meine jüngeren Brüder.85. unserejüngereBrüderI oder auch Untattéco. Accordingto the account of a credibleold Indian named Sganarády.oder GeschwisterKinder. aucha Town. cousins. Indianer Sagogáei.e. or rather.4. 19In themargin:Tsonontowane.26 on Sat. Danoncaritaoni.19 Die Seneckernennensie TsSonnanwantówane und haltensie vor die jungenSöhne. verte18 [236] Die Oneidernennensie Niharuntagóa und haltenihnvor den älterenSohn.e. This content downloaded from 132. Die Onontager.- 285 Tatotárho Togaháyon Ganniatario16 and Satagarúuyes17 so Und weil die Mohawksdie erstengewesensind.it.. Onontágo heistSagochsanogéchte in onontago [blank]sagochsanogechtége Die Aquanoschioniheißendie '^¿^¿i Niockwát[o] d. a Town.236. was formedone man's lifeago. beforethe whitepeople builtAlbany.vid. 21In themargin:Sagaochwãtam. i.e.und heißendiese Nation den Bruder. a family. Die Senequer. i. die Tutelars.this Indian's grandfather 16In themargin:von ihrerStadt.Thegaronhies.i.were firstseen therein thatarea.die im Bundgetreten. zünd die federan) so heistein Chiefin onontágo. 15 Aug 2015 18:25:26 UTC All use subject to JSTOR Terms and Conditions . 21721 Die Aquanoschioniheißendie EngeländerUnguagse.p. Onassatéko (i.Dionenhogaráwe. 18In themargin:Lehanton[Lahonton]. ist ihrTitulim Rath Tgarihógu.20 Die Tuscarorernennensie Tuscaróro Sohn weil sie zulezt in die Allianz und haltensie vor den Jüngern getretensind. 20In themargin:Totirechrohne.the allies. 487. vid. d. ältesterBruder Translation: [235] The peace alliance betweenthe 5 nations.Onuchgarritáwy.THE LEAGUE OF THE IROQUOIS 3.p. Die Gajuquer . cousins. Oziragéllioheistdes vorigens. those who make up a house.called forthat reason Aquanoschioni. 77.5. Der Chiefin onontágo heißt s. 17In themargin:von derStadt.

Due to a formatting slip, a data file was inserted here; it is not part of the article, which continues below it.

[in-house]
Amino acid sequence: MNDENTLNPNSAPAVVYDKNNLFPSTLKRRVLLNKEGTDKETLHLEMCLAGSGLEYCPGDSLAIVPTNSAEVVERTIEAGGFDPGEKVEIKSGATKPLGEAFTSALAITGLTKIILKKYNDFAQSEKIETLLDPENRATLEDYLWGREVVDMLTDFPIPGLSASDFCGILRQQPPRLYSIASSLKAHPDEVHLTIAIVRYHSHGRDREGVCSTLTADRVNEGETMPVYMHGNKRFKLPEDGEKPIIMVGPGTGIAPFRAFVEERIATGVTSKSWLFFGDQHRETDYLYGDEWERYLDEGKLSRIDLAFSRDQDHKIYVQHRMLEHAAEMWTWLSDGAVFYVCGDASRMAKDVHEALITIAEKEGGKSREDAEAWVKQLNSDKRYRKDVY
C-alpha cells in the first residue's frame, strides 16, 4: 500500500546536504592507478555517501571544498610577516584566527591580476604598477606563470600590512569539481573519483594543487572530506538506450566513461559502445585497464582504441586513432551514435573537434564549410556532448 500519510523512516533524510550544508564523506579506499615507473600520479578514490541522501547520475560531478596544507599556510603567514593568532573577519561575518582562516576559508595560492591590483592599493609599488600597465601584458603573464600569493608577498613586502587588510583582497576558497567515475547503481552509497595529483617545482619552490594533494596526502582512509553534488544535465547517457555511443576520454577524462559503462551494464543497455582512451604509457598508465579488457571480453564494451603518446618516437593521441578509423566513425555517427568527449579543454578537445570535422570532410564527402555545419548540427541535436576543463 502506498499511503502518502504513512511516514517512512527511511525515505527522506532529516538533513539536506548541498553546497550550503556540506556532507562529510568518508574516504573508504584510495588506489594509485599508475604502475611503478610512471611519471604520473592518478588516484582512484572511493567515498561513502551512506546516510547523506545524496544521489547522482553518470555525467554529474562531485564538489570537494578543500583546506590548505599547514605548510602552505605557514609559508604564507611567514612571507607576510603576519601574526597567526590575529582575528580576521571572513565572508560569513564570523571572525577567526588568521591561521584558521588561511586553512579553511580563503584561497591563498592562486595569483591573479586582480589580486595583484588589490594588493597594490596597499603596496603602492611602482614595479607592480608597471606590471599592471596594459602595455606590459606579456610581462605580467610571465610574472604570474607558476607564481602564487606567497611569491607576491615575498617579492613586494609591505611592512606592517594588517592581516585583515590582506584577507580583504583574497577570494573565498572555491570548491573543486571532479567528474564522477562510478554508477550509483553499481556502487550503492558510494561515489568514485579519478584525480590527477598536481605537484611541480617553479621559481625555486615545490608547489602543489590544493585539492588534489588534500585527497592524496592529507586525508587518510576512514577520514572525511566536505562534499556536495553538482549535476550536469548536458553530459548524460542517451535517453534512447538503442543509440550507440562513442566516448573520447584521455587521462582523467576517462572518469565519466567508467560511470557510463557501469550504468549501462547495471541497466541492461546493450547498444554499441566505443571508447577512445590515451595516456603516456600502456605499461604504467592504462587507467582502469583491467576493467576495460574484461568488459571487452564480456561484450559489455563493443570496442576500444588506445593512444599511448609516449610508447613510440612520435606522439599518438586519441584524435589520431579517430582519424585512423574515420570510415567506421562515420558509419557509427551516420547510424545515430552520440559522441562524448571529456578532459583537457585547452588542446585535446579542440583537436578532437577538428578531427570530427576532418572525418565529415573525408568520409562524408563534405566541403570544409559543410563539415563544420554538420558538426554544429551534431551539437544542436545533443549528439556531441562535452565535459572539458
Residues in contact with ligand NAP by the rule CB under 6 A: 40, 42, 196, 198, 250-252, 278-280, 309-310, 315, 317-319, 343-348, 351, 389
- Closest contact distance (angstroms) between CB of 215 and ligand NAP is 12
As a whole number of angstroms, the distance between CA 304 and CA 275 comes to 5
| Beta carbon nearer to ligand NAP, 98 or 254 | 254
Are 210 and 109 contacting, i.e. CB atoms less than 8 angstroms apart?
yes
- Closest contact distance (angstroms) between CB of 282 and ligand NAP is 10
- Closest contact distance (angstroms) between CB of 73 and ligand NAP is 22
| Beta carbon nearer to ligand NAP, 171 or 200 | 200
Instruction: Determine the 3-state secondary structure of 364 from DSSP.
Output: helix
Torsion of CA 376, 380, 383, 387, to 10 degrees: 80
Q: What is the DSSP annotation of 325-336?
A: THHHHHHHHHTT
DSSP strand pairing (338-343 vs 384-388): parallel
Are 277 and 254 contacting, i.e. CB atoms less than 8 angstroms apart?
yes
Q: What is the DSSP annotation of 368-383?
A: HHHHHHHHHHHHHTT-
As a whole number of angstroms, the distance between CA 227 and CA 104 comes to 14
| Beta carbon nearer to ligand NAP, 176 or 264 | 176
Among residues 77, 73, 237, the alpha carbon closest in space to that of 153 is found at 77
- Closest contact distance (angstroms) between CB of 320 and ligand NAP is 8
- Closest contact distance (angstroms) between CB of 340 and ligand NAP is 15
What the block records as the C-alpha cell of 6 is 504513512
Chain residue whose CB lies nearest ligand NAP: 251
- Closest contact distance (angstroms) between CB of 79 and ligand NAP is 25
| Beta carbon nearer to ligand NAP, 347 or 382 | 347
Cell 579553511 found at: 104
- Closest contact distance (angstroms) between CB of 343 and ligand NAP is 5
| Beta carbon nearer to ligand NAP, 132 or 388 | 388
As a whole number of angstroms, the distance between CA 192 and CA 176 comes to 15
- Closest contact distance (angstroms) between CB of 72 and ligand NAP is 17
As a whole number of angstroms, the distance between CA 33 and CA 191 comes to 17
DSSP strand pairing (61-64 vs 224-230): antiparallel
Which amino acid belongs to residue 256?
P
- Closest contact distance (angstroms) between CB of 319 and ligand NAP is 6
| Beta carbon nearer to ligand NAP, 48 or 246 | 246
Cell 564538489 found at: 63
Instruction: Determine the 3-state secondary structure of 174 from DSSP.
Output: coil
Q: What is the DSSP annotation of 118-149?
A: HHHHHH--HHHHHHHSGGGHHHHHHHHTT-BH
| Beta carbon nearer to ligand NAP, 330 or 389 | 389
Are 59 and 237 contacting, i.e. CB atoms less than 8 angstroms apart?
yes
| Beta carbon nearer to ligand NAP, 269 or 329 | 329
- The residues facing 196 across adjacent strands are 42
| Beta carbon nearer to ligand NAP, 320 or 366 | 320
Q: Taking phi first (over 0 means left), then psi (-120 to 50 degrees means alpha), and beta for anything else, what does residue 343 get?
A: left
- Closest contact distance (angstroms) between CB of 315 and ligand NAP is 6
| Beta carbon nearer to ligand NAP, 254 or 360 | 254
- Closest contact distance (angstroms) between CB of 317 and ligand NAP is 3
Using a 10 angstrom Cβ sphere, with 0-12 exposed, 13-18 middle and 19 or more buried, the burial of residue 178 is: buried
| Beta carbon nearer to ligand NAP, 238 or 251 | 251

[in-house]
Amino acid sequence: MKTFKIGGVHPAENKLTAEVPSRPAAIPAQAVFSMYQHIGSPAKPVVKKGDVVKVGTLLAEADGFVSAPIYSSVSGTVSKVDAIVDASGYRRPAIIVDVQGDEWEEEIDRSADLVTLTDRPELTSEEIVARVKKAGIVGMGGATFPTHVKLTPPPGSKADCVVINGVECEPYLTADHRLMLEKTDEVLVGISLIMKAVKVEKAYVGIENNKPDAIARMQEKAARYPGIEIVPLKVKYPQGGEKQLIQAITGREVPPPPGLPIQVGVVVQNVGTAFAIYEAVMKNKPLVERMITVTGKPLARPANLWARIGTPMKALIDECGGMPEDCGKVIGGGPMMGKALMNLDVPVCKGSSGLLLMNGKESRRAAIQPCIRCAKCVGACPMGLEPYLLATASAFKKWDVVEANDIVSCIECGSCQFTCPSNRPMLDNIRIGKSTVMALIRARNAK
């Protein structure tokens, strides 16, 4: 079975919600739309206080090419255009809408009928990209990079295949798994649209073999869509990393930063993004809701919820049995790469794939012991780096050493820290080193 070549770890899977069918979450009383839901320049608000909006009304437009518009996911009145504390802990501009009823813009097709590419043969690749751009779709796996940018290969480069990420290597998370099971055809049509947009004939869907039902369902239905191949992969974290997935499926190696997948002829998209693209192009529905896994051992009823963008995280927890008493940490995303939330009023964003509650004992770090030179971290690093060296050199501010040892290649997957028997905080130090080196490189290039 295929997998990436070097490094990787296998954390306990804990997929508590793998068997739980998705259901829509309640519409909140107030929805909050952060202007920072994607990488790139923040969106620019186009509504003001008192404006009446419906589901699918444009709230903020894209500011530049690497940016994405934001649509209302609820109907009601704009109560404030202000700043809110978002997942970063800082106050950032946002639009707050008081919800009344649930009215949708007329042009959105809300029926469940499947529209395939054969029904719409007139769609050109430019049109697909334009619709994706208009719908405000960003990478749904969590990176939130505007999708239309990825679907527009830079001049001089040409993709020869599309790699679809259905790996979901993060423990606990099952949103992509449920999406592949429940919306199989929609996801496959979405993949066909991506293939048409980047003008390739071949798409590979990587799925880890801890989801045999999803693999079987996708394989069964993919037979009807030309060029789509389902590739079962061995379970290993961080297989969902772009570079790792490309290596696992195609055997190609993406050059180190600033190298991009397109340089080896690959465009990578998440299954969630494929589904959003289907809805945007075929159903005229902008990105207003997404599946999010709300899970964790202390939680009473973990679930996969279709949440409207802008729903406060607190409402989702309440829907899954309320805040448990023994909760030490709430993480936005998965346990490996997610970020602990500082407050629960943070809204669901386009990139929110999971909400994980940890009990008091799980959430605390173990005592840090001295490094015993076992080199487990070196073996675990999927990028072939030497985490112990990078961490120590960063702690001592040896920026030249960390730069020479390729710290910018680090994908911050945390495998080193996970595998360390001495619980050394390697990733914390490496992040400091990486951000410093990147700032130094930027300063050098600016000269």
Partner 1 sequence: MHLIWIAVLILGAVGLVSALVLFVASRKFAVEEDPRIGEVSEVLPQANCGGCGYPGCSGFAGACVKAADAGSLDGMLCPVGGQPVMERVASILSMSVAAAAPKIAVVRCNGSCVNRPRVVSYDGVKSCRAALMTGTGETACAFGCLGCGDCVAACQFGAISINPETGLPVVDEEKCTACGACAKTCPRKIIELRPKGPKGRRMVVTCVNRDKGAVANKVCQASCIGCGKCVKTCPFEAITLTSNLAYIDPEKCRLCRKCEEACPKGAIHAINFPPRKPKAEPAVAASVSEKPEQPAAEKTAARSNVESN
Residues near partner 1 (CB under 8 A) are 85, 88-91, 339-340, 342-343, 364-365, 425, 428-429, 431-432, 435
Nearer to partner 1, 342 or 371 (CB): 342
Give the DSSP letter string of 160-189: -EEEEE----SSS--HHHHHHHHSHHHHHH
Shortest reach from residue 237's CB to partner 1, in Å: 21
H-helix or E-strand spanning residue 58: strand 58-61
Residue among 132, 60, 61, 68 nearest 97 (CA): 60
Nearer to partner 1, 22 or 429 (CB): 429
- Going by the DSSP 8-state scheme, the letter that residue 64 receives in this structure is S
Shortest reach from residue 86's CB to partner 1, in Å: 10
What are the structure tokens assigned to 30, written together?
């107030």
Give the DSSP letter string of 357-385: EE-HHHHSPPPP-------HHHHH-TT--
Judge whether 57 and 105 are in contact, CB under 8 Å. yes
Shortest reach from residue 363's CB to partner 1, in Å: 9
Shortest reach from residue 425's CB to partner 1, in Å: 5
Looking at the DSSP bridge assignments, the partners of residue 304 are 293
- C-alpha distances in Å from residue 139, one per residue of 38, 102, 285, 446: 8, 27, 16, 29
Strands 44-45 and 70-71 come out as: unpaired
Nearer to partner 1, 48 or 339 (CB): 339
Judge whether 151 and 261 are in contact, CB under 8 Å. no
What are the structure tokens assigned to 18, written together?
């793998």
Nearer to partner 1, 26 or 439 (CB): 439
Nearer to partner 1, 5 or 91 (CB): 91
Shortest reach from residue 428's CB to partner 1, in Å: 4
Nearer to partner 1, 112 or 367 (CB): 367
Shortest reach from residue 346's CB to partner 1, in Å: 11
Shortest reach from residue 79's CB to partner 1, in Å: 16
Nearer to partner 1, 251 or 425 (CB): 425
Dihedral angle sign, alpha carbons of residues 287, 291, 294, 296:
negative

¿bIn themargin:FromthetownDionenhogarawe. thatis. also a Town*.pag.afterhisdeath. a Town.itwas bestoweduponthisIndianin orderto propagate it'. 15 Aug 2015 18:25:26 UTC All use subject to JSTOR Terms and Conditions .v. verte16 [236] The Oneidertheycall Niharuntagóa and considerhimtheolder son. Onontágo is called Sagochsanogéchte in onontago [blank]sagochsanogechtége callthe TheAquanoschioni {^¿^r} NiockwátM thatis. This content downloaded from 132. 29In themargin:'Sagaochwãtam[eans]cousins'. The Senequer.85. fortheywere thelast to have enteredthealliance.or siblings'children.p. The Gajuquer . Danoncaritaoni. our youngerbrothersI or also Untattéco.The location of thismeetingwas near the Normanskill.However. cousins.WILLIAM A. 4 milesbelow the place whereAlbanywas laterbuilt.a Mohawk. theirtitul[us][title]in council is Tgarihógu.4.it. 26In themargin:'Lehanton[Lahonton]. 487'.26 on Sat.vid. 302'. 27In themargin:"Tsonontówane. The Mohax sent Toganawita Otatschéchte 2. 22In themargin.Tatotárho 3. theTutelars. 21729 The Aquanoschionicall theEnglishUnguagse. vid. The Onontager. 77.28 The Tuscarorertheycall Tuscaróro and considerthemtheyoungerson. 23In themargin:Thannawáge is theold Indianwho had suggestedtheallianceto the . STARNA 286 was called Tokaháyon22and he was one of those deputieswho the Mohax Indians had sentto forman alliance of peace withthe whites (Europeans).Togaháyon Ganniatario24 5.and Satagaruuyes25 And because the Mohawks had been the firstto enterthe alliance.and this nation is called thebrother.to whichplace theMohawks firstcame fortheformationof thealliance. markedforinsertion here:This namewas alreadycarriedbyone of his kinbefore.23The names of the 5 special chiefswho were the deputiesof the nationsthat had formedthepeace alliance [are]: 1. nations 24In themargin:'FromtheirtownOnuchgarritawy'.Thegaronhies.27 The Seneckertheycall TsSonnanwantówane and considerthemtheyoungsons. The Oneider .p.236." 28In themargin:Totirechróhne.